The Lake Mills Area School District Board of Education has received 22 applications for the district administrator vacancy the board reported at its regular meeting Dec. 9.

“We’ve completed a leadership profile based on seven community input sessions,” said Dr. Richard Mason, board president.

The complete form is available on the district’s website, but some of the key characteristics the community is looking for in the next district administrator include someone who lives in town and is visible in the community, has a good relationship with other city officials, they should have a clear vision for the future, is a student supporter and someone who understands the values and traditions of Lake Mills are among the qualities mentioned. There were 33 traits desired in a district administrator.

The input session also asked teachers, staff and citizens what areas the district needs to improve on and its strengths.

“Mental health continues to be a concern for everybody,” Mason said.

The application window is not closed for the district administrator position.

Robert Dimperio, board vice president updated the board on the addition and renovation at the high school.

“We are pretty confident it will be ready for our students in mid-January,” he said. “Furniture is expected in a week and a half.”

Camden Schultz was sworn in as the student board representative.

District officials addressed the recent talk around town about the increase some people in the city saw in their taxes.

“It’s really hard to give one cut and dry answer for how much taxes should go up because there are other factors that affect it,” said Wendy Brockert, district business manager.

The referendum was lower than the district anticipated it would be during the referendum information sessions. The district anticipated $65 per $100,000 of assessed value, but because of the district’s low bond rating and other factors, it was only $52 per $100,000 of property value.

“There has been talk in the community about how some people saw very large increases in their taxes and assumed it was because of the referendum and it’s really much more complicated than that,” said Pam Streich, district administrator. “When you are reassessed the base number, those taxes are calculated on increases as well.”

Officials pointed out the increase in taxes is not simple math and it differs from property to property.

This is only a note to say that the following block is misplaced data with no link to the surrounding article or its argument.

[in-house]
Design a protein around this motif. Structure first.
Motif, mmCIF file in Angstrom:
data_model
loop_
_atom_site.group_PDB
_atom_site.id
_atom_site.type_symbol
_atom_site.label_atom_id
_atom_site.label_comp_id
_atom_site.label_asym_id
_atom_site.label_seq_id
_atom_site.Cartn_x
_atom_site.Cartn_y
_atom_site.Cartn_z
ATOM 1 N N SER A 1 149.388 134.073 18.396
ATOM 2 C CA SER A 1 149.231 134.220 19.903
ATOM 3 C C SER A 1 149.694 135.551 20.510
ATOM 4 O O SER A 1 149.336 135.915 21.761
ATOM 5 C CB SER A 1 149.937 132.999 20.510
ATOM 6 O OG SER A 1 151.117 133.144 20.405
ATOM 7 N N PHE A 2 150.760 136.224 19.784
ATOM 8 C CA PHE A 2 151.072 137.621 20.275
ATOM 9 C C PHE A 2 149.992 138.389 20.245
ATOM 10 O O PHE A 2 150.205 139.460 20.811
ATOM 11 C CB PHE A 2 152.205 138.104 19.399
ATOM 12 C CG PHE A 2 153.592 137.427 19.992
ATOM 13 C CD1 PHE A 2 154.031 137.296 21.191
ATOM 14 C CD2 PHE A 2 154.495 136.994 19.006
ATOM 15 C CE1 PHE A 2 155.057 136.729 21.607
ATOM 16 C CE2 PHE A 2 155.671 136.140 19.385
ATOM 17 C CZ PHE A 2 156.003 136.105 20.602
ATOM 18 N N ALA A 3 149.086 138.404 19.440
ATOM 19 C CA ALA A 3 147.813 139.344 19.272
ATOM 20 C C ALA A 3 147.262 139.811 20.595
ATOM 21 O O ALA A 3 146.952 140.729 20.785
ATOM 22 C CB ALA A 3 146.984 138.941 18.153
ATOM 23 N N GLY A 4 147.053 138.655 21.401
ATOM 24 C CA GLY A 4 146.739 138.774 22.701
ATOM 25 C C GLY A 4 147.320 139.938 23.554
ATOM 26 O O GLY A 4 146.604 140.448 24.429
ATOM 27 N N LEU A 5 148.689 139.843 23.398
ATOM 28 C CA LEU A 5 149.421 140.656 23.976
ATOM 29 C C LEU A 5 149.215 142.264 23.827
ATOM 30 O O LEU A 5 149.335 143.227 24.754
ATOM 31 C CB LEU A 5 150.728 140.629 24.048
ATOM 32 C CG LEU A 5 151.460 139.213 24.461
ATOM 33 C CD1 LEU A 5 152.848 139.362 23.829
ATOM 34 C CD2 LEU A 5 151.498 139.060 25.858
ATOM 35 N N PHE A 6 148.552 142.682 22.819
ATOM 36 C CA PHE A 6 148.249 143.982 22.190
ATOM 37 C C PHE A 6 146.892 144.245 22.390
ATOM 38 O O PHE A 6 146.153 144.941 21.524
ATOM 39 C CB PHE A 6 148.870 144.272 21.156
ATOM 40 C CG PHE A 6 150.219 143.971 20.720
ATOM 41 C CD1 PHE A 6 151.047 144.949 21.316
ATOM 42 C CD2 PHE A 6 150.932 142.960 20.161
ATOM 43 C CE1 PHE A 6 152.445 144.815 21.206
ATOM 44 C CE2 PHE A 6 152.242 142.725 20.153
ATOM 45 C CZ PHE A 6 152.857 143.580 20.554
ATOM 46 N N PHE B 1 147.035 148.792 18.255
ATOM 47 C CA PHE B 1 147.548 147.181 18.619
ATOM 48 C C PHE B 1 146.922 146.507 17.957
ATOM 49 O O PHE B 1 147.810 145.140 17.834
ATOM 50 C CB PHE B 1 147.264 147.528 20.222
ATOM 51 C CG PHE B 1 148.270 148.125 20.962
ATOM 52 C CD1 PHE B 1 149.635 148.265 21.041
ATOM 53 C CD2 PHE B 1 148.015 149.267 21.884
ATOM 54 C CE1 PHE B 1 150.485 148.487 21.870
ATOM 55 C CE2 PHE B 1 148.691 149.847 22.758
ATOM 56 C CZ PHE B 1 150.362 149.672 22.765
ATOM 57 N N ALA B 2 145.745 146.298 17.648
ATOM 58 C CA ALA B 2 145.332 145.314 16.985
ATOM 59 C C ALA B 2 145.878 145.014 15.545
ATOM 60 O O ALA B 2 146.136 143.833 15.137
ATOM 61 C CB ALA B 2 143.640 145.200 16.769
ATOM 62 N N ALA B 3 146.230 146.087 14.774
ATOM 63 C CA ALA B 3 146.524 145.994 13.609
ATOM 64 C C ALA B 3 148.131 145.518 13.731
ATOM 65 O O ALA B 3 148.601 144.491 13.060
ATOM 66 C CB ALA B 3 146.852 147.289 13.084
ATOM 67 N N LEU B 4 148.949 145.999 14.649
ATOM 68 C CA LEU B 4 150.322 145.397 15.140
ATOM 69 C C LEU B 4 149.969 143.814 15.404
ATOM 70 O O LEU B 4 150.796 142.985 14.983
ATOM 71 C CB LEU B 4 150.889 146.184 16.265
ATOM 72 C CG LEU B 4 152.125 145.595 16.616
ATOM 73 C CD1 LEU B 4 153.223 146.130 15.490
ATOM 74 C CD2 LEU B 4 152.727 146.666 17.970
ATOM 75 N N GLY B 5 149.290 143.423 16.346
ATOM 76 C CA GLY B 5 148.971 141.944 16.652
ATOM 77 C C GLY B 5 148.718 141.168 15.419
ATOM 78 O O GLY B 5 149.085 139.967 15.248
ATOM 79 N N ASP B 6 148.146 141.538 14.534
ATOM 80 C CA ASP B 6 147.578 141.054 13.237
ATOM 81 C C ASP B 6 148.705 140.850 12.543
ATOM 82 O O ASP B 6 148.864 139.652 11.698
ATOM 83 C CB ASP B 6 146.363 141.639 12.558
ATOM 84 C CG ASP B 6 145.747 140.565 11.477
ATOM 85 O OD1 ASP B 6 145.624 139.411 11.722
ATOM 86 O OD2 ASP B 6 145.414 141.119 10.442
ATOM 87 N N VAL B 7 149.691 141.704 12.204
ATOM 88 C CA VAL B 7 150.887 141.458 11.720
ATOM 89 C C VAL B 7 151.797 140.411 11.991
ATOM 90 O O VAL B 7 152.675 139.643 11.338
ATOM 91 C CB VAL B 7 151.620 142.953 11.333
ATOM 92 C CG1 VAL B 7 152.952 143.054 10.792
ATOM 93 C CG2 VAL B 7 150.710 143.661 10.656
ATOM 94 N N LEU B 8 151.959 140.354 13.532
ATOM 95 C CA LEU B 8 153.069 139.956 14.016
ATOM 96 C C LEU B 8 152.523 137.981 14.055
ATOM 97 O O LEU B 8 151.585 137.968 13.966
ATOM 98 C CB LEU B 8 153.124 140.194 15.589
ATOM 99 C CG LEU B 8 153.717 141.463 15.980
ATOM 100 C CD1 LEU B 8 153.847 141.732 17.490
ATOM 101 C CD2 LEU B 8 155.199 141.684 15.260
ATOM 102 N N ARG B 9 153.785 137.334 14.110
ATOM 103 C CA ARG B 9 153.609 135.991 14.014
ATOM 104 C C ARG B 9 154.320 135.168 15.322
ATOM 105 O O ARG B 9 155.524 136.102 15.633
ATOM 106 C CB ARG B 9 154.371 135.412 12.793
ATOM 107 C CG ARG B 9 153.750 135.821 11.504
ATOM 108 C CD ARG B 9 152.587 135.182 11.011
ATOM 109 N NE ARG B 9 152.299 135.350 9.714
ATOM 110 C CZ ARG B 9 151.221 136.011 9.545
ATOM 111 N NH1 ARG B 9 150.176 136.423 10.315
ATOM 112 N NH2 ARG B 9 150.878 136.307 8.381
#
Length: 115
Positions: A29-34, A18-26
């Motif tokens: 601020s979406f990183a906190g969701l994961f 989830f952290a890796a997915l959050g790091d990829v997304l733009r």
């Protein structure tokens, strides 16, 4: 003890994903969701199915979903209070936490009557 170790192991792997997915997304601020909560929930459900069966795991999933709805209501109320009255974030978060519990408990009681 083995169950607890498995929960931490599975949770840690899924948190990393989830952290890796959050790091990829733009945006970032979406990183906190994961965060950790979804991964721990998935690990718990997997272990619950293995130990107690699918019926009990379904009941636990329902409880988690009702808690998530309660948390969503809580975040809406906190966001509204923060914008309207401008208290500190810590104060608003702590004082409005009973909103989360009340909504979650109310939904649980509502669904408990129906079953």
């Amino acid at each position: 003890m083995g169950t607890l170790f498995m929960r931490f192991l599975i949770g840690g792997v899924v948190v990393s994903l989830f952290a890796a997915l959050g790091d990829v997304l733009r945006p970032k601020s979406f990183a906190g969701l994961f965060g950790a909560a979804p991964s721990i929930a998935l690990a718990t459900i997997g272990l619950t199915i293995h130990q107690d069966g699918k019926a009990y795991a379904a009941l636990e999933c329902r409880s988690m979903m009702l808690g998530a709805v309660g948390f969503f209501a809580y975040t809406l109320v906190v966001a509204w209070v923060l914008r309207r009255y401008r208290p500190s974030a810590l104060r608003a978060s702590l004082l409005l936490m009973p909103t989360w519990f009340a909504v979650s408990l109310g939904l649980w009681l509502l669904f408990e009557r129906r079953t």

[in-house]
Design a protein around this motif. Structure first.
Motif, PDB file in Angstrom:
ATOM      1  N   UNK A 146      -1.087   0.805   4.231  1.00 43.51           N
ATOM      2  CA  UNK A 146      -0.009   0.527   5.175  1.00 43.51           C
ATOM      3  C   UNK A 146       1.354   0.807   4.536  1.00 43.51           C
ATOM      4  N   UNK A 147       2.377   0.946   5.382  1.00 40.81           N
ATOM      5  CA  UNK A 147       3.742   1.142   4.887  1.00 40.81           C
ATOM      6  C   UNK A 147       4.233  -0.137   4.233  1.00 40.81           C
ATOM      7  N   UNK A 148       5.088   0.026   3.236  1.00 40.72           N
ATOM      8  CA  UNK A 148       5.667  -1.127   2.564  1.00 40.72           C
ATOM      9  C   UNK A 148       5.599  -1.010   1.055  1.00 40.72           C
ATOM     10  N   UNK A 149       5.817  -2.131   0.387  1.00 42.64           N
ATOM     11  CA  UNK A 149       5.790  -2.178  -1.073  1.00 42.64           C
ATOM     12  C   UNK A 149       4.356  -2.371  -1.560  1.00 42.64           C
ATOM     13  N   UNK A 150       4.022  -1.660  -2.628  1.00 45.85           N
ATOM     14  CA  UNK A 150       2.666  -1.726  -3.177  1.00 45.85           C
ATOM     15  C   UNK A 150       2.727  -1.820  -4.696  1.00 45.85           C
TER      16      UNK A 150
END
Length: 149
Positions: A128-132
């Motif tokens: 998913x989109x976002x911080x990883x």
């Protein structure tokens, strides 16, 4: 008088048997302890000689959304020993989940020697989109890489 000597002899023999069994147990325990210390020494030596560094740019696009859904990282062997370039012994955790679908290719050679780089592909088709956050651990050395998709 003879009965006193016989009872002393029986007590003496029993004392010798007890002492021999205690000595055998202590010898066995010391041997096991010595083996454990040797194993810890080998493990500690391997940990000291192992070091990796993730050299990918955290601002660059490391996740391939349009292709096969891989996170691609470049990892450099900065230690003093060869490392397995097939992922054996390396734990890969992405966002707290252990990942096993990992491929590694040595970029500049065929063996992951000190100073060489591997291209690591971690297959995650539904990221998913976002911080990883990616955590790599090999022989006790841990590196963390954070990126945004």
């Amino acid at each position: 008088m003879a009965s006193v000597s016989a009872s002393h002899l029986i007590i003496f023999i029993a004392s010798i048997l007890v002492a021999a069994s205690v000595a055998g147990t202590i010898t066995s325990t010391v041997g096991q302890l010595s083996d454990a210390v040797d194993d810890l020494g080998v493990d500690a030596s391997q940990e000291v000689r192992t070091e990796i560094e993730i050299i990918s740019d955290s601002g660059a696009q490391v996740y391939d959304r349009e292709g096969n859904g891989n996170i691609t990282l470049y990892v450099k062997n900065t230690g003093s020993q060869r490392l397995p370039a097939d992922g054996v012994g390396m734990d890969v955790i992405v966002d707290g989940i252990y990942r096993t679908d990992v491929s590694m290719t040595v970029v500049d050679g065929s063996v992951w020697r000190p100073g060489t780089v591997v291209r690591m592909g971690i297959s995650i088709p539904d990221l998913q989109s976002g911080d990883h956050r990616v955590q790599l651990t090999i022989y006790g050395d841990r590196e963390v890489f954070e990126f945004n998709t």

“It’s not all related to the referendum,” she said.

“The school is just one part of a larger package,” commented Dr. Dawn Delaney, board member.

Board members heard a report on the recently released school report card by Amanda Thompson. The district received and exceeds expectations rating.

The areas reported on are student achievement, district and school growth, closing gaps and on track and post-secondary readiness. The report card is calculated using the Forward, Aspire and ACT exams.

“We did really well. We exceed expectations,” Thompson said. “The district growth, we have increased in that area 5.7 points.”

At the middle school closing gaps increased 4.5 points. At the high school there was a 10.3-point increase as well as other increases.

Lake Mills is 57th on the list of 419 schools that received a district report card. In CESA 2 the district is third out of 45. Schools with similar enrollment Lake Mills is in the top 7%.

“The school report card is just one measure of the great work we do,” Streich said. “There is a lot of work that goes into it.”

“Congratulations to the entire staff for a job well done,” Mason said.

In other business the board:

— The board approved the Wisconsin School Consulting withdrawal from the district administrator search.

— A consent agenda including resignations, letters of assignment and an early graduation request.

— Approved professional staff resignations of Cam Dary, high school science teacher and Katie Burton, elementary school special education teacher.

— Approval of professional staff contracts.

— Accepted $1,425 in gifts to the district.

Load comments